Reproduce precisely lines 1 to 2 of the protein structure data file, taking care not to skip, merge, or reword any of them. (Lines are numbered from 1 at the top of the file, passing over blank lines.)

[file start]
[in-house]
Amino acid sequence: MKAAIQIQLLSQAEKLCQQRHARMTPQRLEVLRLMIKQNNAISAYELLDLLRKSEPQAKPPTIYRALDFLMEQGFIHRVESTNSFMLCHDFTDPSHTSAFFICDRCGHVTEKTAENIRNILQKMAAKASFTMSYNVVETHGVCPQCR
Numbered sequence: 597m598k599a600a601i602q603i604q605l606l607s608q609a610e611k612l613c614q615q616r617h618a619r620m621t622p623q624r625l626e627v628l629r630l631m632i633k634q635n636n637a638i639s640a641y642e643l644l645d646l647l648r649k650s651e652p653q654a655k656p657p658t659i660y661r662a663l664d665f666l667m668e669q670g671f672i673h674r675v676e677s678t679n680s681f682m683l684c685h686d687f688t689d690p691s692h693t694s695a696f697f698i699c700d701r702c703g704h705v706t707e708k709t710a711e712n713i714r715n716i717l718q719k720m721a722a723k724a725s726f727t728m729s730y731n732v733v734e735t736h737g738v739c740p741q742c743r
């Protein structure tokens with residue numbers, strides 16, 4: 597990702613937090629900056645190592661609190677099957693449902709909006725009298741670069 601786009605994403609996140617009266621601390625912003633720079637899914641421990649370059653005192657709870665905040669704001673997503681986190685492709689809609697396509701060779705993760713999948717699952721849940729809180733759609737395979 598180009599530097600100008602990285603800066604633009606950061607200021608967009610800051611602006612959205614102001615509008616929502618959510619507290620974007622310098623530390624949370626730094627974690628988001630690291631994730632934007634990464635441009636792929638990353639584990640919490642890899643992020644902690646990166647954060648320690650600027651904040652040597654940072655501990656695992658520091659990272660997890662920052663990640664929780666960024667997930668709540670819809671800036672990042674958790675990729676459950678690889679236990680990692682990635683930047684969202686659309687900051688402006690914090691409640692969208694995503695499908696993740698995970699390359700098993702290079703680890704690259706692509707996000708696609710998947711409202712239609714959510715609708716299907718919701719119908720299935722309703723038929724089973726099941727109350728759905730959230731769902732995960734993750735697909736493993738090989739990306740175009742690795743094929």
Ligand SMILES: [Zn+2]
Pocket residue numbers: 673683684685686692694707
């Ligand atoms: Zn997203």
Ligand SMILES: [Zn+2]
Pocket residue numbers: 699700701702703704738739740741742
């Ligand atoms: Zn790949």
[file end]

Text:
[in-house]
Amino acid sequence: MKAAIQIQLLSQAEKLCQQRHARMTPQRLEVLRLMIKQNNAISAYELLDLLRKSEPQAKPPTIYRALDFLMEQGFIHRVESTNSFMLCHDFTDPSHTSAFFICDRCGHVTEKTAENIRNILQKMAAKASFTMSYNVVETHGVCPQCR